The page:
I would, never-the-less, reverse this case in light of what I perceive as improper actions by the solicitor. Prior to the taking of testimony, appellant moved to suppress this confession. The State opposed the motion, and following a Jackson v. Denno 4 hearing, the trial judge ruled the statement would be admitted. In order to defuse the statement's impact, defense counsel acknowledged to the jury during his opening statement that appellant had given a confession in which he admitted having intercourse with the victim, and then killing her. The solicitor, however, never introduced the statement and appellant then sought to introduce it through the testimony of the police officer. This request was refused.
In my opinion, the solicitor's actions in this capital case constitute “sandbagging”.5 I would not condone this type of conduct, but would hold that under these circumstances, the refusal to admit the statement was reversible error. Accordingly, I would reverse and remand for a new trial.
1. He gave another statement on Jan. 17, 1995 which is not at issue in this appeal.
2. He had previously lived across the street from victim.
3. The bottom half of a pool cue victim generally kept for protection was missing from her home and was never recovered.
4. 378 U.S. 368, 84 S.Ct. 1774, 12 L.Ed.2d 908 (1964).
5. The state elected, instead, to rely on a fingerprint on the phone box which matched the print from Terry's right ring finger, and semen from Victim's vagina which matched Terry's DNA profile.
6. Under Rule 804(b), certain statements are not excluded by the hearsay rule if the declarant is unavailable as a witness. “Unavailable” is defined in 804(a) and includes situations in which the declarant is exempted by ruling of the court on the ground of privilege from testifying concerning the subject matter of the declarant's statement.
7. Terry asserts the pathologist testified victim did not suffer any sexual “trauma,” thereby corroborating his claim of consensual sex. On the contrary, the pathologist specifically testified the fact that there was no vaginal tearing or bruising did not indicate there was no assault, but that the semen found in the vaginal canal indicated “quite the opposite.”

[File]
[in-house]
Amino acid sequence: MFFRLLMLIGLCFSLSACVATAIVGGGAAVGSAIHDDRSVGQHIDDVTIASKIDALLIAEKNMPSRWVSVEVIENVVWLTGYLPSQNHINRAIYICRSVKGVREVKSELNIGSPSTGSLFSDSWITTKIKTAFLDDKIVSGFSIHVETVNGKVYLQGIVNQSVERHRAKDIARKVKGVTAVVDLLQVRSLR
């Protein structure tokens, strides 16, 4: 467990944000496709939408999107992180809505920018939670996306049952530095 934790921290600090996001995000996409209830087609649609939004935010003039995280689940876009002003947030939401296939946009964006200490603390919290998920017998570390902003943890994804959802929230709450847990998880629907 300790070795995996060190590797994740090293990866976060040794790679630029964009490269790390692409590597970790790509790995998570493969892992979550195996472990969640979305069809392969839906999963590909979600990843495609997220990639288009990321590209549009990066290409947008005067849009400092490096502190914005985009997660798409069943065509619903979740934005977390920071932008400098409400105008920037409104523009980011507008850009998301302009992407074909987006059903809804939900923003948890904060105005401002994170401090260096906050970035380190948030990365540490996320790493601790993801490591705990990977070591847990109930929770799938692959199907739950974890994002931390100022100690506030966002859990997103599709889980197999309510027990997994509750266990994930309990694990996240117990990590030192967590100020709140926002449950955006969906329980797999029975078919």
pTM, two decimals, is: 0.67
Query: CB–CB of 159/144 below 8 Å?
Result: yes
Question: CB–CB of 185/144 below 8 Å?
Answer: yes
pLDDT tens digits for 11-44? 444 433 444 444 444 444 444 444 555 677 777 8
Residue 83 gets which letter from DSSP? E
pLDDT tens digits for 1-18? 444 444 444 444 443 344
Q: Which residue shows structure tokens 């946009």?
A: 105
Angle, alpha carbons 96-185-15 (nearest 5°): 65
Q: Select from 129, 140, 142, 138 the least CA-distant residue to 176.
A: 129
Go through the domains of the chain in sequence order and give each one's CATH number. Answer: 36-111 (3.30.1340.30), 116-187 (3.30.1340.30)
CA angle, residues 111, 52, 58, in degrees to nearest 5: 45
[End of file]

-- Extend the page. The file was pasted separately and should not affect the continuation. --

8. Terry went to Charter Rivers to avoid incarceration as a result of an arrest for assault.
9. 294 S.C. 465, 366 S.E.2d 10 (1988).
10. 318 S.C. 15, 455 S.E.2d 693 (1995).
11. Terry's reliance on State v. Parker, supra, is misplaced. In that case, this Court specifically noted that no exceptions to S.C.Code Ann. § 44-23-1090 were applicable. Section 44-23-1090, like section 44-22-100, permits an exception if the trial court finds, as the trial court did here, that disclosure of the records is necessary for the conduct of proceedings before it.
12. For this reason, the trial court properly found the state had no other means of obtaining this information and Terry's reliance on McMakin v. Bruce Hospital, supra, is misplaced.
1. It clearly exposes appellant to criminal liability.
2. The majority misunderstands the corroboration requirement: it goes not to the contents of the statement or its truth, but to the trustworthiness of the statement itself. See State v. Kinloch, 338 S.C. 385, 526 S.E.2d 705 (2000). On the merits, I simply do not understand how the mere presence of semen in the victim's vagina is proof of nonconsensual sexual activity as the majority asserts in footnote 7.
3. See, e.g., State v. Hughes, 328 S.C. 146, 493 S.E.2d 821 (1997) (Finney, C.J., dissenting) (argument of counsel is not evidence). Further, as explained later, under the circumstances here to use counsel's admission in his opening statement to render the refusal to admit the statement harmless is disingenuous at best. Finally, I do not understand how the majority can conclude in one paragraph that counsel's reference to the confession renders “[appellant's] claim that the jury had the erroneous impression he had not cooperated with police ․ simply untenable”, yet hold in the very next paragraph that to let the jury know the fact that appellant gave a confession “would have been confusing and misleading to the jury” and therefore evidence of its existence was properly excluded.
4. 378 U.S. 368, 84 S.Ct. 1774, 12 L.Ed.2d 908 (1964).
5. It was the uncorroborated fear of the use of this type tactic by defense counsel that led a majority of this Court to abolish in favorem vitae review. State v. Torrence, 305 S.C. 45, 406 S.E.2d 315 (1991) (Toal, A.J., concurring).
TOAL, MOORE and BURNETT, JJ., concur. FINNEY, C.J., dissenting in a separate opinion.